Friday, May 27, 2016
Cassette Review: Lesa & Ross "Lesa & Ross" (Summersteps Records)
[$8 // Edition of 100 // https://summerstepsrecords.bandcamp.com/album/lesa-ross]
It's not often that I hear a cassette- especially in the overall rock genre- and can only really come up with comparisons for it based upon other artists who I also associate with being on cassette. I have to stop and wonder if this would be true for anyone listening to this or if I have simply become consumed by the cassette life.
As an example, one of the first sounds I hear coming from Lesa & Ross is twee and as such it brings me to the band High Pop, who often releases music on cassette more than any other physical format. Now, did my mind go to High Pop because of the cassette life? Would your mind have gone to High Pop or perhaps something else not on cassette?
Interestingly enough, the sort of pop songs with jingle-jangles in them also remind me of New Radicals and if you did a search (which I won't) you may or may not find that New Radicals was at the end of the days of cassettes in their prime and so that one song they had is probably out there on cassette somewhere (But, hey, they might have missed the cassette boat for all I know-- I'm just guessing that they were at the end of it before everything got switched over to CD)
From Daniel Johnston we go into a rather vague label of surf but that takes me to Blue Oyster Cult and, sure, you could have some Blue Oyster Cult on record and think of them as a vinyl based band (and in some ways, I suppose even I do) but they still have cassettes out there and so the idea of the cassette life overtaking me stands firmly in place.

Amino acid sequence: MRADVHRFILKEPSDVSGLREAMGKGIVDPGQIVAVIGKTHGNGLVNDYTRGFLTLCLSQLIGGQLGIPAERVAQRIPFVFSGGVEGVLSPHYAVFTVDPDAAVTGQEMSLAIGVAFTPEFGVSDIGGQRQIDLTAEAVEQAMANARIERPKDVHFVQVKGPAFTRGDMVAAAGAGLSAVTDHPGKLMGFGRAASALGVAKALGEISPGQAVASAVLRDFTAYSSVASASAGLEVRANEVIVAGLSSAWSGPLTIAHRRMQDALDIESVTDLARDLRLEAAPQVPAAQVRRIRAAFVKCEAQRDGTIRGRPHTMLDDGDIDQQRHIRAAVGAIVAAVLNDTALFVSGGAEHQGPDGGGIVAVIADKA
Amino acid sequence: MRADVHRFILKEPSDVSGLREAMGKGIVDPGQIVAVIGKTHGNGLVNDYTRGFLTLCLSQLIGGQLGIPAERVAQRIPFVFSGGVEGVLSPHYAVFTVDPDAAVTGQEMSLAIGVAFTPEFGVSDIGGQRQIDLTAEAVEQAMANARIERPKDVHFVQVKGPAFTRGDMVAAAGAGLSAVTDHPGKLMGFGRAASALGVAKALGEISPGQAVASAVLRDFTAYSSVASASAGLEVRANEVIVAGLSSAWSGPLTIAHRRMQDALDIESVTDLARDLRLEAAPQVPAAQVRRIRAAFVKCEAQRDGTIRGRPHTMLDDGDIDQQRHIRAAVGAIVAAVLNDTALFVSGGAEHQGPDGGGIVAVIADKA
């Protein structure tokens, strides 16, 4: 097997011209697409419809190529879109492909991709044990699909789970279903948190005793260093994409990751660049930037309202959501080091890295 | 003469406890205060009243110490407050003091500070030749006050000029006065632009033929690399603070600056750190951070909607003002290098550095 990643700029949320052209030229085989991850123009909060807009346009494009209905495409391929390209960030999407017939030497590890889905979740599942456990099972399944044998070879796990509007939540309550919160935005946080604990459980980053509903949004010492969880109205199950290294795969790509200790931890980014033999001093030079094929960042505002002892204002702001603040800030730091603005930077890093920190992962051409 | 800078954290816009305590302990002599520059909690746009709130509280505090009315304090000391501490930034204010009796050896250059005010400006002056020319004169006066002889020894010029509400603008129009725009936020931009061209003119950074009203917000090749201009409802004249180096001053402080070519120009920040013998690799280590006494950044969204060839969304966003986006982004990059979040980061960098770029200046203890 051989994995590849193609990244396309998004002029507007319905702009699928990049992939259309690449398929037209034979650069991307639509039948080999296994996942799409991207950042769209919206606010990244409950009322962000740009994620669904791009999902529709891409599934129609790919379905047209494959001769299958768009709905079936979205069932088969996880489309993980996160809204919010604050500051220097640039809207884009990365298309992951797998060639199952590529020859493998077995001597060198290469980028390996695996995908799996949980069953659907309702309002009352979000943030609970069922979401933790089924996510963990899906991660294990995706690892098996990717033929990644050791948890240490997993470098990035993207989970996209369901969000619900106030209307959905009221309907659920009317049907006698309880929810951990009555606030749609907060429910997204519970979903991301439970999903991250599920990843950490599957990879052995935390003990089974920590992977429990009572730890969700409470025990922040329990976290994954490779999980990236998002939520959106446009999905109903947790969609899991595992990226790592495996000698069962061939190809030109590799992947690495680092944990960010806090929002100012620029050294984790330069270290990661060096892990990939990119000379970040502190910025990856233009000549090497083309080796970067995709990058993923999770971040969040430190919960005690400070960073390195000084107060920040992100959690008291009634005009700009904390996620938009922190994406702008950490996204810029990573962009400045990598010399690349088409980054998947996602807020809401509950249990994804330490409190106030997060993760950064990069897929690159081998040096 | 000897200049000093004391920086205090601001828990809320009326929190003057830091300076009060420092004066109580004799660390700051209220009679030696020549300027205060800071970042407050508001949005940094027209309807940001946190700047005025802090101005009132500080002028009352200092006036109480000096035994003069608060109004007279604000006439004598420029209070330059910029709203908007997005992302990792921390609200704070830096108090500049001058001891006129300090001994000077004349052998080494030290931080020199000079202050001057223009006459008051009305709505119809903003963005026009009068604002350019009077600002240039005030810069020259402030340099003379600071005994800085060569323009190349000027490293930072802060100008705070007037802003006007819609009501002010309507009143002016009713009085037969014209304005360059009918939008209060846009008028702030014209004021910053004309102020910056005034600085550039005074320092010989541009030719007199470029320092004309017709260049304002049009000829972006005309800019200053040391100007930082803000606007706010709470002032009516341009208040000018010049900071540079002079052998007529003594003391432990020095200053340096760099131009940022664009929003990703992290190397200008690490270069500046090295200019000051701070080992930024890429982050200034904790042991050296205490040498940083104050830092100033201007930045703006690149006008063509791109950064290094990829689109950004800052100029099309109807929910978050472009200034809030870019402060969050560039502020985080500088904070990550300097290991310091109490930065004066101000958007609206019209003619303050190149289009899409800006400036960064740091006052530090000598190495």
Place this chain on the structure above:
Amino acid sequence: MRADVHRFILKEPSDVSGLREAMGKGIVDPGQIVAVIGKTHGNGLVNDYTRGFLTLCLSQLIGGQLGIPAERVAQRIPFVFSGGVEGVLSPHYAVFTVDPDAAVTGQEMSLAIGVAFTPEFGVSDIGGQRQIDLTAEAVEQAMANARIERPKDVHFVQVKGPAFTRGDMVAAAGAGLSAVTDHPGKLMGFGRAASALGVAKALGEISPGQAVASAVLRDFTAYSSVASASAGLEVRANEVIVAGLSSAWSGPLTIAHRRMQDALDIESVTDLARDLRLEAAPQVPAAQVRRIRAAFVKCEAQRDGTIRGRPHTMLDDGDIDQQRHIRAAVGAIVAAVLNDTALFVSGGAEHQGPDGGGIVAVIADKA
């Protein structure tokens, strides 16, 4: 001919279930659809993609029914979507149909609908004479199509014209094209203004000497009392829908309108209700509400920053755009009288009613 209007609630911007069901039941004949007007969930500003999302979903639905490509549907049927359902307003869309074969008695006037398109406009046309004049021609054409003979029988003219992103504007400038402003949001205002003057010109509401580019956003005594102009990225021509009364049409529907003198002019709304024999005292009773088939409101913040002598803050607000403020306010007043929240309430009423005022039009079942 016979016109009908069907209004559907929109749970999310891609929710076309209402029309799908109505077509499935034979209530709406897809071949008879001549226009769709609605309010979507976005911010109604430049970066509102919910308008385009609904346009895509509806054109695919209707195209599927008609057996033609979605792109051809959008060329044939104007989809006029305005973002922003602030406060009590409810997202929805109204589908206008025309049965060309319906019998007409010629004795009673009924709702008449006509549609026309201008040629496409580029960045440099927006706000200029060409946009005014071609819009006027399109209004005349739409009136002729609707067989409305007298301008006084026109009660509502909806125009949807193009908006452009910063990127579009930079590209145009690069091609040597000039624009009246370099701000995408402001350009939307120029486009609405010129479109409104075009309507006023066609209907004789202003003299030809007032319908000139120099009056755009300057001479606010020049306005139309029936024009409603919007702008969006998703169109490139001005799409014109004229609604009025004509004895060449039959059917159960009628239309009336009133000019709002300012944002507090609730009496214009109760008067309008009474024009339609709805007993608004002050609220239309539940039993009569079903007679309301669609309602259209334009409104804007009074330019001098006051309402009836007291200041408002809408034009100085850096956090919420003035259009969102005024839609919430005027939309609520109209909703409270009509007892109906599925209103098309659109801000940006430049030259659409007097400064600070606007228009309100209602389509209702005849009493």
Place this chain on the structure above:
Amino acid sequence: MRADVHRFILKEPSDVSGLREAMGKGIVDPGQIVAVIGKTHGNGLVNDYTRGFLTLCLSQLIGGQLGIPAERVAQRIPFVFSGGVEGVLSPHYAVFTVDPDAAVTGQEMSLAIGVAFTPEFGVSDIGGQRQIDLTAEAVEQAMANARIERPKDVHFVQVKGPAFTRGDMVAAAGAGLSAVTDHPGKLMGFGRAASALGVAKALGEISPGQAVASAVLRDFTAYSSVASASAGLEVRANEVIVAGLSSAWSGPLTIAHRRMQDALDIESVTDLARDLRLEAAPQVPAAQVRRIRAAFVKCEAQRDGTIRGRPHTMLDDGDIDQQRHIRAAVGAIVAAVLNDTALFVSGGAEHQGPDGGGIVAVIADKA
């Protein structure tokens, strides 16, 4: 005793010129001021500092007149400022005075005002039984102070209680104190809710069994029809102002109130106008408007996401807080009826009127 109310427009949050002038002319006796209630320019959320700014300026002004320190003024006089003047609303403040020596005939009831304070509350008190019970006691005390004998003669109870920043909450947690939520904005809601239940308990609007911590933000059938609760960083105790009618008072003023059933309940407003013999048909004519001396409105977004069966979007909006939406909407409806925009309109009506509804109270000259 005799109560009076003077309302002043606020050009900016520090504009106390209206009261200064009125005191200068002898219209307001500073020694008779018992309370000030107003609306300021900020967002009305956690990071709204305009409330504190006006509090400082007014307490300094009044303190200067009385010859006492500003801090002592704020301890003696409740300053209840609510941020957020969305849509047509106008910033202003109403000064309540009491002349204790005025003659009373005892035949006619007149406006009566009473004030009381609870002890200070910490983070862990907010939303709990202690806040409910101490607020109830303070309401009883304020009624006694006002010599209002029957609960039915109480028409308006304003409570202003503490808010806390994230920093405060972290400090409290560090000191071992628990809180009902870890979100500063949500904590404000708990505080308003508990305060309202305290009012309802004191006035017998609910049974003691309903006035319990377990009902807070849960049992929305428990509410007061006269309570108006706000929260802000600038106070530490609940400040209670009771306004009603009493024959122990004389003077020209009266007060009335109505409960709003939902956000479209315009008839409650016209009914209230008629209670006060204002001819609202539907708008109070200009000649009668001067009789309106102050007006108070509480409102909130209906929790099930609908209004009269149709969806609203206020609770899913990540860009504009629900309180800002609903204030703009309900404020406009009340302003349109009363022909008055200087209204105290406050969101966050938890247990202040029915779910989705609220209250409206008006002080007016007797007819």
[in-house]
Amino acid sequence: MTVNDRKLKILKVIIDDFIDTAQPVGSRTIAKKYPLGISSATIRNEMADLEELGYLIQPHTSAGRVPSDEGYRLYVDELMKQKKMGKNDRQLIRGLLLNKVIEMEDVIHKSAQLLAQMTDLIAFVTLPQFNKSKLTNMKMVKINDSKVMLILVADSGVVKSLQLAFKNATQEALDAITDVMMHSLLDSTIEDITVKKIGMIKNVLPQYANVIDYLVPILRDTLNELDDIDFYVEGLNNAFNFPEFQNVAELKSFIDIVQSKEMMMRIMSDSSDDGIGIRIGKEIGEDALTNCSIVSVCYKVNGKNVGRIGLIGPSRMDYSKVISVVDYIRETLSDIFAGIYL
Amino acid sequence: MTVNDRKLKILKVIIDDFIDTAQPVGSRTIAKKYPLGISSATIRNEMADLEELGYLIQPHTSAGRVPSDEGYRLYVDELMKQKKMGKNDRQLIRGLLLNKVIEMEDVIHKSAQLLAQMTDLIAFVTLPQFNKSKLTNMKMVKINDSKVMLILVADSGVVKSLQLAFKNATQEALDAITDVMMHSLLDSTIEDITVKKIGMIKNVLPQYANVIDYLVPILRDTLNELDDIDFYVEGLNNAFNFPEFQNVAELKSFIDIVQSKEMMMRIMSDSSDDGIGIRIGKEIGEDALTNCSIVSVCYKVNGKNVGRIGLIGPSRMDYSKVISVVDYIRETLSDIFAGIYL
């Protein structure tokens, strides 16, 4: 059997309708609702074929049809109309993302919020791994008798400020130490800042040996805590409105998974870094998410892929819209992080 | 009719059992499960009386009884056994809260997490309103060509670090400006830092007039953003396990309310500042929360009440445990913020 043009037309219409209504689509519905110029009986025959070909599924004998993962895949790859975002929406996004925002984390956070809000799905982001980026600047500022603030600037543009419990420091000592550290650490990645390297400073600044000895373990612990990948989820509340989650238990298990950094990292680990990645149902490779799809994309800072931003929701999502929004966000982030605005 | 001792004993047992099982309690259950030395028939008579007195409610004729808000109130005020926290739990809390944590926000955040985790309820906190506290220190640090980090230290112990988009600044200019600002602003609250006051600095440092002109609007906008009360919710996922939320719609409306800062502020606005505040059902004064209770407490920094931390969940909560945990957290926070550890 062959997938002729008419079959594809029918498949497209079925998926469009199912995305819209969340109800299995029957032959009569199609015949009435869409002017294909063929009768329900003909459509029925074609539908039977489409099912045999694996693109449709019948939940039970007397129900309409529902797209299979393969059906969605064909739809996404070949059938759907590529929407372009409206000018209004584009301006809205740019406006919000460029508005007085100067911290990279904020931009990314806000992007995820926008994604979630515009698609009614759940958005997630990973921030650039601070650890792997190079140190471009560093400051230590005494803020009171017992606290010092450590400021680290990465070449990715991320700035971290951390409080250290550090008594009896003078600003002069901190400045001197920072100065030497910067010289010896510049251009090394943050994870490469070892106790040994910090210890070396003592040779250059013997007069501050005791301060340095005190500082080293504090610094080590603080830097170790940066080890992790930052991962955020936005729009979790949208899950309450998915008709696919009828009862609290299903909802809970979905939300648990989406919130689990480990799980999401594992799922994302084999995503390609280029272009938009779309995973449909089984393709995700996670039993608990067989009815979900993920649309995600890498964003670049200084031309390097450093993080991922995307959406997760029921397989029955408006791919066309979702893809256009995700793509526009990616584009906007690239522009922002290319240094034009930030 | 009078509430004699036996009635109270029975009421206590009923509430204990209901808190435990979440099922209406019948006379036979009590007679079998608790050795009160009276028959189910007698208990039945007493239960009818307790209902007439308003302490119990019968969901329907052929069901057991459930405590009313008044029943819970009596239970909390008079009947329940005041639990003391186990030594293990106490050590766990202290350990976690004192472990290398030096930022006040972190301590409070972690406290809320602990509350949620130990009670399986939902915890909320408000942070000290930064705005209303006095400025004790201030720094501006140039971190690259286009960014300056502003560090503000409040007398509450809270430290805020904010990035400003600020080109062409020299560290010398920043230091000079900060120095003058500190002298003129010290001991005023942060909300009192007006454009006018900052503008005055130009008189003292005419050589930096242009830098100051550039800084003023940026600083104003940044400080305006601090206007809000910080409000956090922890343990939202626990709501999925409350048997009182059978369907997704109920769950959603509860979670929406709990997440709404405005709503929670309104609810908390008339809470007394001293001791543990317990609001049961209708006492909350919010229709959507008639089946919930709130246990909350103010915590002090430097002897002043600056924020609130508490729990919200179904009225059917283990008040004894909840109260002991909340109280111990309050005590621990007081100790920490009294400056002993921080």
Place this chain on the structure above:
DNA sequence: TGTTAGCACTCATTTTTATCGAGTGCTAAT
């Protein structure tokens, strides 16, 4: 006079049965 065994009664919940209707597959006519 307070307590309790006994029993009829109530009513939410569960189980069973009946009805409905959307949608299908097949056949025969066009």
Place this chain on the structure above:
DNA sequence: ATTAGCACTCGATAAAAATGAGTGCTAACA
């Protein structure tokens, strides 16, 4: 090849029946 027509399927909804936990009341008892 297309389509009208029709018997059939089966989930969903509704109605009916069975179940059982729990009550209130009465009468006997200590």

The music of Lesa & Ross is moderately paced throughout and their are drum machine beats in place to assure that. By the second side though, there is a song called "Are You Alone?" and it begins to somewhat break down my cassette life idea. The song is trippy, like being lost in the desert, and it reminds me of something between Stone Temple Pilots and The Doors. While I realize that both STP and The Doors have albums on cassette, I always thought of The Doors as being pre-cassette days and the only STP album I bought on cassette was "Core"-- after that it was compact disc and this is definitely post-"Core" era STP.
Now you can be a part of the cassette life or not and it doesn't really matter because at the end of the day Lesa & Ross create pleasant songs which are sure to get stuck in your head. Regardless of what genre of music you listen to this one will find you and you will listen to it and maybe not take from it what I did, but you will be left impressed to say the least.